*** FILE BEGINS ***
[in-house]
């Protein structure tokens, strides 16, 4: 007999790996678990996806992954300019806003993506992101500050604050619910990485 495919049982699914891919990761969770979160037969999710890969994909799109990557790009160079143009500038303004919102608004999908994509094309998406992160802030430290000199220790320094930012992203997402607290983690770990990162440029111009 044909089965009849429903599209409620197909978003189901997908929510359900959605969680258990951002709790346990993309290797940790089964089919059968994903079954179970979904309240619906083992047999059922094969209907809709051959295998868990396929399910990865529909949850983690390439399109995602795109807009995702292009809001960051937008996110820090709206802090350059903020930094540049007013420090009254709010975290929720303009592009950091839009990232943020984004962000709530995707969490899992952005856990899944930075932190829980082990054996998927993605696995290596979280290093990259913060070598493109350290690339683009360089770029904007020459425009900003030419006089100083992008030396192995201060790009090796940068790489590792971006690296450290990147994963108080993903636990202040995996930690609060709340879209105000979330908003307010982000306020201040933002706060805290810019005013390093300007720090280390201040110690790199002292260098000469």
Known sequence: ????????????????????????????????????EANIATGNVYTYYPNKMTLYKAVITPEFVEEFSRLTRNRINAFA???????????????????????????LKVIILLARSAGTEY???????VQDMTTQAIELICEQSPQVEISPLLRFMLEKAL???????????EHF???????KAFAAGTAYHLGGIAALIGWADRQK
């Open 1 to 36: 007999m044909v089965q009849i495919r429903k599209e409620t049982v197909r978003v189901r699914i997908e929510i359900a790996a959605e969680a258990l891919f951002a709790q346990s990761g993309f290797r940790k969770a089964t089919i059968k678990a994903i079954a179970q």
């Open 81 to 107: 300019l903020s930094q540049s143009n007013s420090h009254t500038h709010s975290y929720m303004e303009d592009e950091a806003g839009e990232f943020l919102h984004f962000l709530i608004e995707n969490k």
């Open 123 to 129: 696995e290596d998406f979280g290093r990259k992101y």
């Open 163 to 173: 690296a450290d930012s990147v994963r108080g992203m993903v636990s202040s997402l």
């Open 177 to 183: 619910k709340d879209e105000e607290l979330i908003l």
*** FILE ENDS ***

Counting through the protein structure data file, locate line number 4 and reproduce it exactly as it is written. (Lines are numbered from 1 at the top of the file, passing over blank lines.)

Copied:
């Open 1 to 36: 007999m044909v089965q009849i495919r429903k599209e409620t049982v197909r978003v189901r699914i997908e929510i359900a790996a959605e969680a258990l891919f951002a709790q346990s990761g993309f290797r940790k969770a089964t089919i059968k678990a994903i079954a179970q």